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Lindsay Lohan is Suing Grand Theft Auto Makers

Months ago, there were rumors that Lindsay Lohan was planning to sue Take-Two Interactive Software and Rockstar Games over Grand Theft Auto V, because the game features a character that the starlet alleges is based on her. According to the suit, the cover of the game depicts a bikini-clad woman that bears a striking resemblance to LiLo. And the game, itself, apparently includes more similarities, including the fact that the character runs from paparazzi, takes cover in the Chateau Marmont, and incorporates Lohan’s “image, likeness, clothing, outfits, [Lohan’s] clothing line products, ensemble in the form of hats, hair style, sunglasses, jean shorts.” Lohan is not the only blonde who has posed in a bikini while giving he peace sign, she’s not the only star that find comfort at the Chateau Marmont, and she’s certainly not the only celeb to run from paparazzi. But does she have a case?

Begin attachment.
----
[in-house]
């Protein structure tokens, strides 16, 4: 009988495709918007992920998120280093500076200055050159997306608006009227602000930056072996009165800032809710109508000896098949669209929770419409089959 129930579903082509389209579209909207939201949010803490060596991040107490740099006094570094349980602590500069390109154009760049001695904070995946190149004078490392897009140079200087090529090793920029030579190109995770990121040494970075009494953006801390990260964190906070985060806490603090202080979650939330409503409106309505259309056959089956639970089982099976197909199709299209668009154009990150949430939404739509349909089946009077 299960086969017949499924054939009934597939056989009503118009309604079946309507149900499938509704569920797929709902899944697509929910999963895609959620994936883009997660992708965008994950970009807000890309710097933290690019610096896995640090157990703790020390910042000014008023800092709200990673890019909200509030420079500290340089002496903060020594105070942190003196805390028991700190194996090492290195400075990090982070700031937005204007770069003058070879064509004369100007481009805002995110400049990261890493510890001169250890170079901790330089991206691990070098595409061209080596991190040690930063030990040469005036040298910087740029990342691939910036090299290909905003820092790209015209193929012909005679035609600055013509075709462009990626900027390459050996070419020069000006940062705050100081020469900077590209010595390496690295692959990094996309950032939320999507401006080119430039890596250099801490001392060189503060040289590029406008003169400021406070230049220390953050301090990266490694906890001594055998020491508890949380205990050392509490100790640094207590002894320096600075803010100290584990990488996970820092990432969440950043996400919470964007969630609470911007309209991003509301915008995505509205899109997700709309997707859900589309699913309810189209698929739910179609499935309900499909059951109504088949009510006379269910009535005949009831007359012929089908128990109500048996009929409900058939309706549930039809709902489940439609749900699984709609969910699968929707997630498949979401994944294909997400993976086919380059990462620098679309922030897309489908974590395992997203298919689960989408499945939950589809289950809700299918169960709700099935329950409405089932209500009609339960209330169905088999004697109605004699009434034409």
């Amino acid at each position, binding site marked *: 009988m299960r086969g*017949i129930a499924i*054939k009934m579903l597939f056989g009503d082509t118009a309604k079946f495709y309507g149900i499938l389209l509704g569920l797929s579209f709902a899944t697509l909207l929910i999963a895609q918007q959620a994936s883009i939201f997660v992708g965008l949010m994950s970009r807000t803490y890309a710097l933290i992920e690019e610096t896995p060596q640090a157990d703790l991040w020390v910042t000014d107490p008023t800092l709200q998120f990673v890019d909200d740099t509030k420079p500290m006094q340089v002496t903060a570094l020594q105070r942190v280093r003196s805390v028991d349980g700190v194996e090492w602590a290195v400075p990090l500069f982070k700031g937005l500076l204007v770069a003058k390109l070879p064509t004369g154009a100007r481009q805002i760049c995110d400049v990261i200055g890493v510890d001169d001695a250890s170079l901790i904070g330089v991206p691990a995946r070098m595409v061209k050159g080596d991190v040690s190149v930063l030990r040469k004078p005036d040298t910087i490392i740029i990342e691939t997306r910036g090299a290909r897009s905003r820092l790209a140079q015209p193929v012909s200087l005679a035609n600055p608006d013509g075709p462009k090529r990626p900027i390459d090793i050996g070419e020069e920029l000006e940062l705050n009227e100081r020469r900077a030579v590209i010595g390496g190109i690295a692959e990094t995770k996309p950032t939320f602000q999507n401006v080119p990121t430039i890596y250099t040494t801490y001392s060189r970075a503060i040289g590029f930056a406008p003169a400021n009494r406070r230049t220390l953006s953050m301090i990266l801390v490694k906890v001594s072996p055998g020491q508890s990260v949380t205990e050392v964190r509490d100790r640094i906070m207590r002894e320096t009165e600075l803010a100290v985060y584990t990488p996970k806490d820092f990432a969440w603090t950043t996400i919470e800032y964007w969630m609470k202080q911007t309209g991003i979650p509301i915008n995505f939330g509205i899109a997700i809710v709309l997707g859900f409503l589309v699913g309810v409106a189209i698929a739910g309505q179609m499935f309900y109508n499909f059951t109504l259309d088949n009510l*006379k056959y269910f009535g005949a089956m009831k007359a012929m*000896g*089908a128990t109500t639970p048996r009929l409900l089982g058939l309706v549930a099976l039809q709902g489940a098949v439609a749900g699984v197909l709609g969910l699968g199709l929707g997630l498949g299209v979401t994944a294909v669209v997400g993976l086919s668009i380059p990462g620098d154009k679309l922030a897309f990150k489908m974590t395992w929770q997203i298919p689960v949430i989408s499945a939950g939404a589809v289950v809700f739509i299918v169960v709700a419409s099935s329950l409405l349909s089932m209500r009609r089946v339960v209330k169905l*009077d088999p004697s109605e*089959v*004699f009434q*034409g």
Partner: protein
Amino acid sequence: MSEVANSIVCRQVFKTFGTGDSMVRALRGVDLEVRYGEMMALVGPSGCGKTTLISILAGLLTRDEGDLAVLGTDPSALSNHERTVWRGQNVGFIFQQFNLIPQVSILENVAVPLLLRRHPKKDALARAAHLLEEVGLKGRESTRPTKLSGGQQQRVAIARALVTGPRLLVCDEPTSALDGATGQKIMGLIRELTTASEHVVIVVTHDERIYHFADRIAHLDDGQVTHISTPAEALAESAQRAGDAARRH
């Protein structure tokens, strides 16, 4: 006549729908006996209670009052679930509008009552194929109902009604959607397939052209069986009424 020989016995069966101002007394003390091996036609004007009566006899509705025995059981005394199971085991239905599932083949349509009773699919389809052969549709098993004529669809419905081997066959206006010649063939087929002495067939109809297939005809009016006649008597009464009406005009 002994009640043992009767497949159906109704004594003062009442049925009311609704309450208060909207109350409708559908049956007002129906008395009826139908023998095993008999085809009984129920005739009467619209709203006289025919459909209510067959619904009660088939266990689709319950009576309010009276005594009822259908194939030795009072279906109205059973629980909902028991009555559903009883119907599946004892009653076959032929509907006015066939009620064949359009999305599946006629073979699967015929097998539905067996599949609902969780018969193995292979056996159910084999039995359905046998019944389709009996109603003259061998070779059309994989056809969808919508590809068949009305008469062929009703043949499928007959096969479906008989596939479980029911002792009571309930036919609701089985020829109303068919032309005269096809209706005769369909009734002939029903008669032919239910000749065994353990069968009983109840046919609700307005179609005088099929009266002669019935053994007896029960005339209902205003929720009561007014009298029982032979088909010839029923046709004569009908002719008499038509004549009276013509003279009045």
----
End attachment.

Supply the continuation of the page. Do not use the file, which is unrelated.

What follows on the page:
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TODAY: From Around the Web

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Every two weeks, the high street spits out new knock-offs of garments originally designer by often-defenseless young designers. But when it comes to fashion, is imitation the most sincere form of flattery? – i-D